March 23 commemorates the passage of what was originally the ‘Lahore Resolution’ (Qarardad i Lahore) and later became better known as the ‘Pakistan Resolution’ (Qarardad i Pakistan). If there is a single most important founding document of Pakistan, it has to be this Resolution passed at the annual session of the All India Muslim League at its 1940 meeting (22-24 March) at Minto Park (now called Iqbal Park), Lahore (by the way, what a wonderful idea – for political parties to have annual, open, meaningful, annual sessions where real decisions are taken in a transparent and democratic manner!). In 1941, this Lahore (Pakistan) Resolution became part of the Muslim League constitution and in 1946 it became the basis of the demand for Pakistan.
Most Pakistanis know what the resolution says; or, at least we think we do; in most cases rightly so. But because we are so very sure that we know what it says, we usually do not take the time to actually read it. Maybe we should. And there cannot be a better day to do so than today.It is, like many of the most important documents in history, a fairly short text. I reproduce it here in full. The first two paragraphs are contextual related to the then discussions on federation within the Government of India Act 1935. The third and the fourth paragraphs are the key operational content which is usually cited in textbooks. However, my view is that the final short paragraph is also key; especially in that it talks in the plural about “respective regions” (as do previous paragraphs).
While approving and endorsing the action taken by the Council and the Working Committee of the All-India Muslim League, as indicated in their resolutions dated the 27th of August, 17th & 18th September and 22nd of October, 1939, and 3rd of February, 1940 on the constitutional issue, this Session of the All-India Muslim League emphatically reiterates that the scheme of federation embodied in the Government of India Act 1935, is totally unsuited to, and unworkable in the peculiar conditions of this country and is altogether unacceptable to Muslim India.
It further records its emphatic view that while the declaration dated the 18th of October, 1939 made by the Viceroy on behalf of His Majesty’s Government is reassuring in so far as it declares that the policy and plan on which the Government of India Act, 1935, is based will be reconsidered in consultation with various parties, interests and communities in India, Muslims in India will not be satisfied unless the whole constitutional plan is reconsidered de novo and that no revised plan would be acceptable to Muslims unless it is framed with their approval and consent.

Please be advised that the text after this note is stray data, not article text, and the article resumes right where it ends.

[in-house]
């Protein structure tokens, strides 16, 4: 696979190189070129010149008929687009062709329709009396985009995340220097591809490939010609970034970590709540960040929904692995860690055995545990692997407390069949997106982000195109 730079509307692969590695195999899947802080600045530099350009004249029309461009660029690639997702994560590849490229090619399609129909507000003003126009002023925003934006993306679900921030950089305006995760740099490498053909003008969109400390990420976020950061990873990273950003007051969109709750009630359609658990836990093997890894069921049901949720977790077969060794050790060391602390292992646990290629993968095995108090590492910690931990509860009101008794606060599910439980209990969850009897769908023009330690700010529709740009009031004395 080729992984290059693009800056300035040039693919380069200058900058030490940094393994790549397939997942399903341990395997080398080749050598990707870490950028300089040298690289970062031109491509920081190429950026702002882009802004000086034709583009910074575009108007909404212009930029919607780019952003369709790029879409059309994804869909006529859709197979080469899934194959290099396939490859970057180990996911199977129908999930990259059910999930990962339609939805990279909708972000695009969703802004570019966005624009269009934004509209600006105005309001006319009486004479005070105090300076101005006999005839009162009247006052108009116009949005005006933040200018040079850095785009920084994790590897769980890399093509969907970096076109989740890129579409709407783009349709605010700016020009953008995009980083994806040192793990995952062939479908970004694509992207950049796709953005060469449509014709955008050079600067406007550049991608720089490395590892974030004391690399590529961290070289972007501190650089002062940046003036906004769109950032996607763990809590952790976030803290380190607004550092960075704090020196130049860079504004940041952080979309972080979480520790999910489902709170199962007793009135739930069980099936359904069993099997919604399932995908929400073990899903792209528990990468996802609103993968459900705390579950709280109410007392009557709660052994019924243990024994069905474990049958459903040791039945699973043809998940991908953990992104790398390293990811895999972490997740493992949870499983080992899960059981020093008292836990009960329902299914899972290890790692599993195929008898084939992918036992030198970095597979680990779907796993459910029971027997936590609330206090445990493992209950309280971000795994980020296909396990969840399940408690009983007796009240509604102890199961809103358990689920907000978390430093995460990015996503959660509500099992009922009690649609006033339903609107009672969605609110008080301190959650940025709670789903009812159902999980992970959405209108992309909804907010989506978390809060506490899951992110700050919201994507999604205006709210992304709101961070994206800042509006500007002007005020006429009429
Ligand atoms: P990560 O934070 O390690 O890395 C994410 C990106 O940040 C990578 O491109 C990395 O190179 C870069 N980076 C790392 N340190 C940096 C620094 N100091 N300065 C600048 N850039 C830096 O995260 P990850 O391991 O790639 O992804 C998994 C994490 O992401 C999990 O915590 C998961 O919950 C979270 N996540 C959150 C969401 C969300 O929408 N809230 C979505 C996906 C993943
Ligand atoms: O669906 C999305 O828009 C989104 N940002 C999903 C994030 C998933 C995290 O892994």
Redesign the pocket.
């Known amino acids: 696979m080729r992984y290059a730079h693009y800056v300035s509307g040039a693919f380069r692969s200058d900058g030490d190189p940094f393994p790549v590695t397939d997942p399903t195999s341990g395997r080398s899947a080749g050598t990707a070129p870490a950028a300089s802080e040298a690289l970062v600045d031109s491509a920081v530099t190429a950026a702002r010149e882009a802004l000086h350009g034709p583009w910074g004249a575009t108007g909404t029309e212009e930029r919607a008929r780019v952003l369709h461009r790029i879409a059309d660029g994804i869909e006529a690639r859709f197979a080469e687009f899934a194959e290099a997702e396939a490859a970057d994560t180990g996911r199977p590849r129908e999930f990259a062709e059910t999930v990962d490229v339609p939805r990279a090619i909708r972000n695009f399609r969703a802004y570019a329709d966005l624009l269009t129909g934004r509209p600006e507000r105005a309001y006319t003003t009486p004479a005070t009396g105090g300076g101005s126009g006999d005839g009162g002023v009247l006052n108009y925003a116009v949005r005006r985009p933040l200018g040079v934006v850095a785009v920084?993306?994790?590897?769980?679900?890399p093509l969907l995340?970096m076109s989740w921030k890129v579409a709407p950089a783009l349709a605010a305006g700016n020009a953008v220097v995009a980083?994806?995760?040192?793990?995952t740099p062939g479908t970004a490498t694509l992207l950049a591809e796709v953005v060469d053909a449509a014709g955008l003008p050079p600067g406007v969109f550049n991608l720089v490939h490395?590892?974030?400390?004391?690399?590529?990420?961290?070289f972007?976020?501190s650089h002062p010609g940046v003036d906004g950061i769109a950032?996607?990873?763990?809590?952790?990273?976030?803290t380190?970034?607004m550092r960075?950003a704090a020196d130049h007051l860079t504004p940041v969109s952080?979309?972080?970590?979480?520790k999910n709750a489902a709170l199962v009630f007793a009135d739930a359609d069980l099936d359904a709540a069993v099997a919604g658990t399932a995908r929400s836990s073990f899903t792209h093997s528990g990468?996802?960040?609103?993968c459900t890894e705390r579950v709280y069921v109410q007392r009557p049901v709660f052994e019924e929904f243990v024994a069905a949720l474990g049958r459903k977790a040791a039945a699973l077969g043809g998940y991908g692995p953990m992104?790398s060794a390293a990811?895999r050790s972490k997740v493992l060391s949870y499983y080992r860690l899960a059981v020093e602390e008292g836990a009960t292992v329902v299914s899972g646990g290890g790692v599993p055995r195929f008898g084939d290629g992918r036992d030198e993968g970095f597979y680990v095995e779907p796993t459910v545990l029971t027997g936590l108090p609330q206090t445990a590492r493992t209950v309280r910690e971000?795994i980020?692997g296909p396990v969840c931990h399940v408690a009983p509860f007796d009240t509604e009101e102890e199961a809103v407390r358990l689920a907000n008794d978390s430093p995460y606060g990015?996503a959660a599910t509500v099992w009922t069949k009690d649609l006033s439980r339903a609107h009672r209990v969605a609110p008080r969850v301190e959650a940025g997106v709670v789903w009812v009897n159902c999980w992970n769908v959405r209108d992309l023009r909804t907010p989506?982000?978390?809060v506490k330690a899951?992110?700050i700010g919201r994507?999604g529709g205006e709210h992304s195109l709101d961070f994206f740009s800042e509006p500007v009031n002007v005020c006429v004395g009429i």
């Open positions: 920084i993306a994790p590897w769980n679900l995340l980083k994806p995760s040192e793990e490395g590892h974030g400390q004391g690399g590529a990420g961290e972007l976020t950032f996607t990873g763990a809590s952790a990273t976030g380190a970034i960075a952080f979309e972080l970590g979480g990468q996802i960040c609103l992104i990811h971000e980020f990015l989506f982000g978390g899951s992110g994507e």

Resolved that it is the considered view of this Session of the All-India Muslim League that no constitutional plan would be workable in this country or acceptable to the Muslims unless it is designed on the following basic principles, viz., that geographically contiguous units’ are demarcated into regions which should be constituted, with such territorial readjustments as may be necessary that the areas in which the Muslims are numerically in a majority as in the North Western and Eastern Zones of (British) India should be grouped to constitute “independent States” in which the constituent units should be autonomous and sovereign.
That adequate, effective and mandatory safeguards should be specifically provided in the constitution for minorities in these units in the regions for the protection of their religious, cultural, economic, political, administrative and other rights and interests in consultations with them and in other parts of (British) India where the Mussalmans (Muslims) are in a majority adequate, effective and mandatory safeguards shall be specifically provided in constitution for them and other minorities for the protection of their religious, cultural, economic, political, administrative and other rights and interests in consultation with them.
This session further authorises the Working Committee to frame a scheme of constitution in accordance with these basic principles, providing for the assumption finally by the respective regions of all powers such as defense, external affairs, communications, customs and such other matters as may be necessary.
Apart from the fact that the Resolution talks clearly about “respective regions” (words that have import in the context of the events of 1971), I find the 4th paragraph particularly important. The complex structure of the language notwithstanding, the sentiment is clear as is its emphasis on the rights of minorities – not just of Muslims as a minority but of non-Muslim minorities in areas where they envisaged Muslim sovereignty. In such a short document, for the founding fathers to have devoted so much space to this issue would suggest that they – having lived as a minority themselves – considered the subject of minority rights to be of particular importance. This is one of the many areas where we were unable to live up to their aspirations.